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Murderer attempts escape from women’s prison in North Las Vegas

One of Nevada's most notorious killers tried to escape from a women's prison in North Las Vegas on Friday morning.

Brookey Lee West, who in 1998 killed her mother and stuffed her corpse in a garbage can in Las Vegas, disguised her clothing and appearance and tried to walk out of the Florence McClure Women's Correctional Center while inmates were on their way to breakfast, according to Nevada Department of Corrections spokesman Steve Suwe.

At 6:30 a.m., staff recognized West standing at a security gate near the visiting room, just steps away from the main entrance to the facility.

"That's about as close to the front as you can get," Suwe said.

She was taken to a secure housing area, and the prison is restricting inmate activities while officials investigate how she was able to get so close to the entrance, Suwe said.

He did not have details on her disguise Friday.

West, now 59, was described as "true evil" by Clark County prosecutor Frank Coumou at her 2001 sentencing, which netted her a life sentence in prison with no chance for parole.

Coumou described her crime as "the most heinous, the most bizarre and most out-of-the-ordinary case" he had ever prosecuted, and the case garnered national attention.

Prosecutors said West killed her 68-year-old mother, Christine Smith, to collect the woman's $1,000-a-month Social Security checks.

Smith's liquefied remains were found three years after her death in a sealed garbage can, which was discovered after it sprang a leak in a Las Vegas storage shed.

Medical examiners never determined how Smith died, but prosecutors said the tightly wrapped bag around the woman's face indicated she was suffocated.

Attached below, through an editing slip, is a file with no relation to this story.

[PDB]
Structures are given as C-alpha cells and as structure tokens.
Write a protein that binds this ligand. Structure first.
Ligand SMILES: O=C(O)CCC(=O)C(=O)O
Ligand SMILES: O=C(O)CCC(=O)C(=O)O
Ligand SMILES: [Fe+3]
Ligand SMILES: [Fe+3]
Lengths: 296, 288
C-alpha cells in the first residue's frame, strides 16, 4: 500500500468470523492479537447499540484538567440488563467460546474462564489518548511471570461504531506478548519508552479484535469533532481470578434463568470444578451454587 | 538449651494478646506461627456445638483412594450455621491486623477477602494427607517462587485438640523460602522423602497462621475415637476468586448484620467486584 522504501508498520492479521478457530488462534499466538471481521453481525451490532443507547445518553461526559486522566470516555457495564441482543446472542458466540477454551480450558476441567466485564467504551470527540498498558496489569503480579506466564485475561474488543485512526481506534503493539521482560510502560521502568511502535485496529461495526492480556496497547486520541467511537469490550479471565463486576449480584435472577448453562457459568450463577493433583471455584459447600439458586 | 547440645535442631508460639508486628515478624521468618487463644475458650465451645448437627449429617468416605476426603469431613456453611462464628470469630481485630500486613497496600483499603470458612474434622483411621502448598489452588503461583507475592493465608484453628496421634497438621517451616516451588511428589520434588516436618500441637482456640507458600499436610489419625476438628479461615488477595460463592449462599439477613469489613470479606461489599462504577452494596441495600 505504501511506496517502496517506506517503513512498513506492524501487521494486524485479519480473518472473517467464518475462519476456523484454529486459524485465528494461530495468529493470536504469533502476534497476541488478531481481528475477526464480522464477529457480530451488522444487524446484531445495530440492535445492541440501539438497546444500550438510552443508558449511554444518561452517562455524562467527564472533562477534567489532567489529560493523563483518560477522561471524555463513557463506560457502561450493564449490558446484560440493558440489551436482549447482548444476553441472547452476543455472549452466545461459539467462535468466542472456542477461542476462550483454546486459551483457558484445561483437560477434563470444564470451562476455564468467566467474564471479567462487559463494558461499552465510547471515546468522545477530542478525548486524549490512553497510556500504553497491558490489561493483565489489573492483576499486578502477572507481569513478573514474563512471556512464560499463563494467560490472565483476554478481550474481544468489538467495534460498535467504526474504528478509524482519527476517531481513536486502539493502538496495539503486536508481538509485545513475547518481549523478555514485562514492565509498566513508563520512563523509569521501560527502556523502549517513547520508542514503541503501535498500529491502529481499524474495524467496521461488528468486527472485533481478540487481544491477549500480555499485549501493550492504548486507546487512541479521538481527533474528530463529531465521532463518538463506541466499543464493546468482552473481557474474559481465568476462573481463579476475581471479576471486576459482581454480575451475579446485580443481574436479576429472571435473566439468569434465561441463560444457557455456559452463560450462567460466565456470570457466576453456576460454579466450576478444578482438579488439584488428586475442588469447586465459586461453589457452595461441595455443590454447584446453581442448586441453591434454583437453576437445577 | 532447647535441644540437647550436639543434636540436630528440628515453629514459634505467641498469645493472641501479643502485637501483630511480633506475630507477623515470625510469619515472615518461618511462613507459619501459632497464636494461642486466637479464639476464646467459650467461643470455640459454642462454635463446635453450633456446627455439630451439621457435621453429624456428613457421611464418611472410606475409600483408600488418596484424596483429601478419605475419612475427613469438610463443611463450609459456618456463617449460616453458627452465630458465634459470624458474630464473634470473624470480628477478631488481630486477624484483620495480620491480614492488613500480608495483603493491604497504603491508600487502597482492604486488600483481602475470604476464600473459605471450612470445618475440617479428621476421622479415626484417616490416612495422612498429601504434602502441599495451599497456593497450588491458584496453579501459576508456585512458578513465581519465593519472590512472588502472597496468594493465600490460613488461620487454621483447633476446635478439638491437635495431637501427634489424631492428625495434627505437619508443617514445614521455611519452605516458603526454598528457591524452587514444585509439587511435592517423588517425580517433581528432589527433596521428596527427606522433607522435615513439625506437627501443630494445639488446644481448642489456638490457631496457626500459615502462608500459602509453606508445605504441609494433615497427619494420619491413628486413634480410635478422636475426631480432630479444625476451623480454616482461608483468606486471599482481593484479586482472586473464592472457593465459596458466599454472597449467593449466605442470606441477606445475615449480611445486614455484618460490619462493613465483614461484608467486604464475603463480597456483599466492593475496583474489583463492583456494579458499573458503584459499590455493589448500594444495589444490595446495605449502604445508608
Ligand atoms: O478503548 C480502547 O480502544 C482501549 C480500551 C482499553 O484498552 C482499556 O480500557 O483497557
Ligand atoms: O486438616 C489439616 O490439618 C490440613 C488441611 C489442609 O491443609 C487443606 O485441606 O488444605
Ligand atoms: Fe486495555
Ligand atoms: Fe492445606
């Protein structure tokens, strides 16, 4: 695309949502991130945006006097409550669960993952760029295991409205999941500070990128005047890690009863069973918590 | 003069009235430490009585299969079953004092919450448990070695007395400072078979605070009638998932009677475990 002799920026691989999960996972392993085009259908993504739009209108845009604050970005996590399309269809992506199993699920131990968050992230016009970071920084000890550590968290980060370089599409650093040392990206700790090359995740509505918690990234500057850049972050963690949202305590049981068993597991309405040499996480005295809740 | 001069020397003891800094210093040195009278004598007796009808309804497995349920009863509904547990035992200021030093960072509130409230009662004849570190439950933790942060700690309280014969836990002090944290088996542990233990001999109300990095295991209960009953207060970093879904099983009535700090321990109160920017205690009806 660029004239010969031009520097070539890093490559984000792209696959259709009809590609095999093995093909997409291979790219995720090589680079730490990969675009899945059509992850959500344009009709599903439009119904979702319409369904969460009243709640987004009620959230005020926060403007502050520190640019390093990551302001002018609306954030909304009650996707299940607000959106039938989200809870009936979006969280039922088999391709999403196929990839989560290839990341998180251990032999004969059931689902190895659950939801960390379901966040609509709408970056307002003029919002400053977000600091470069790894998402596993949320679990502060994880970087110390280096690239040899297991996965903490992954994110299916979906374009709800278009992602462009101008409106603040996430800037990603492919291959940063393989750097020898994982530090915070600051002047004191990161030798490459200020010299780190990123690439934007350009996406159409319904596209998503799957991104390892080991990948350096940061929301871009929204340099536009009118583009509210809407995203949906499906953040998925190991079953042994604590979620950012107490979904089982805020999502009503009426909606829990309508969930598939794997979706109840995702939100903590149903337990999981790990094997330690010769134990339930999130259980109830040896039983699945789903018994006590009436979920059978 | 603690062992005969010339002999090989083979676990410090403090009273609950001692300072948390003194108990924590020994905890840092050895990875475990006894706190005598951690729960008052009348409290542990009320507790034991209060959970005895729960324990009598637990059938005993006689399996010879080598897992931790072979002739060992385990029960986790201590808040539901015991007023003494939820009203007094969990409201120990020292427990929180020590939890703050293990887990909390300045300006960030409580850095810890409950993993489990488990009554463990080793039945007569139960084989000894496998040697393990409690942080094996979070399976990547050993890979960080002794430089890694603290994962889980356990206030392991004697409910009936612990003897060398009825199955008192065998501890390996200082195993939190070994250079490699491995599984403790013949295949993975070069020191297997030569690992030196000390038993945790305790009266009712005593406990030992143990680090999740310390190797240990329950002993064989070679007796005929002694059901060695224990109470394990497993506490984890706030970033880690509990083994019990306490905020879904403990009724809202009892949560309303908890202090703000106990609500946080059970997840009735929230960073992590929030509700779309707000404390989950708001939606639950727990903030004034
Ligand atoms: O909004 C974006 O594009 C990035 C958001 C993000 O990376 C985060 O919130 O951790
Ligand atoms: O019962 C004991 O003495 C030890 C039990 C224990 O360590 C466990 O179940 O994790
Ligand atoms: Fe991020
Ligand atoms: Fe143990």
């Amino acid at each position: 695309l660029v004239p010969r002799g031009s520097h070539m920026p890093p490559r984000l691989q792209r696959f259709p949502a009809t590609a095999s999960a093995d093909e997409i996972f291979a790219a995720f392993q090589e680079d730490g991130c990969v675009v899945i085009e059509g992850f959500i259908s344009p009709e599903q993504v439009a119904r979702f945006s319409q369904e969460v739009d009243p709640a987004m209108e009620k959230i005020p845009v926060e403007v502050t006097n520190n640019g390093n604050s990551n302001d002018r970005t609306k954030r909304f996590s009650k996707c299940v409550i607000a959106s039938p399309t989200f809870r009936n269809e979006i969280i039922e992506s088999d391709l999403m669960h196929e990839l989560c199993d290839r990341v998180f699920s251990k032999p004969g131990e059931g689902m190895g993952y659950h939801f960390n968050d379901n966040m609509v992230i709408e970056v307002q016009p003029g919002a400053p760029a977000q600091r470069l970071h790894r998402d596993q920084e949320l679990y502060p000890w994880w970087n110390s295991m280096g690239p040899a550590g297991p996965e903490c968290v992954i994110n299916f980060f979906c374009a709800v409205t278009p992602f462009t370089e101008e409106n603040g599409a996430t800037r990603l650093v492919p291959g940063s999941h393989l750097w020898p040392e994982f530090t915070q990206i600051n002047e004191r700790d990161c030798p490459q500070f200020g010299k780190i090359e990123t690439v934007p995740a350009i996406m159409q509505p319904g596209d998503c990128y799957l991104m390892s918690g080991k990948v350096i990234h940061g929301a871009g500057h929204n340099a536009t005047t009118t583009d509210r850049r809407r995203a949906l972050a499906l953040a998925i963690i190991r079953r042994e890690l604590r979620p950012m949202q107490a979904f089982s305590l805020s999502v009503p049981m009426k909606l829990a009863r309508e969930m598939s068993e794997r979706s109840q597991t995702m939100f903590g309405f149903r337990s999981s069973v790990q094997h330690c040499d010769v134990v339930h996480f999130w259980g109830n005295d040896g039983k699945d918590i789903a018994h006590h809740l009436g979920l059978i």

West denied killing her mother, and her lawyers said Smith died of natural causes.

She has continued to capture headlines since her imprisonment, for a time selling her artwork and fingernail clippings online.

After the investigation into West's escape attempt, prison officials could recommend additional criminal charges to the attorney general's office. That might seem like a moot point, considering West's sentence, but Suwe said that it's sometimes possible for inmates sentenced to life without parole to have that reversed.

He cited the case of Jack Rainsberger, who killed a Las Vegas secretary and was sentenced to die in 1958. That sentence was overturned in 1972, when the U.S. Supreme Court threw out existing death penalty laws, and Rainsberger was given life without parole.

The state Pardons Board later amended the sentence to give him the possibility of parole. When Rainsberger was released in 2001, at age 65, he might have been the longest-serving inmate in Nevada prison history.

No matter the criminal charge she faces, she will at least face administrative discipline, Suwe said. That consists of "disciplinary segregation," he said - solitary confinement.

"That's going to happen," Suwe said. "That's a given."

Contact reporter Lawrence Mower at lmower@reviewjournal.com or 702-383-0440.

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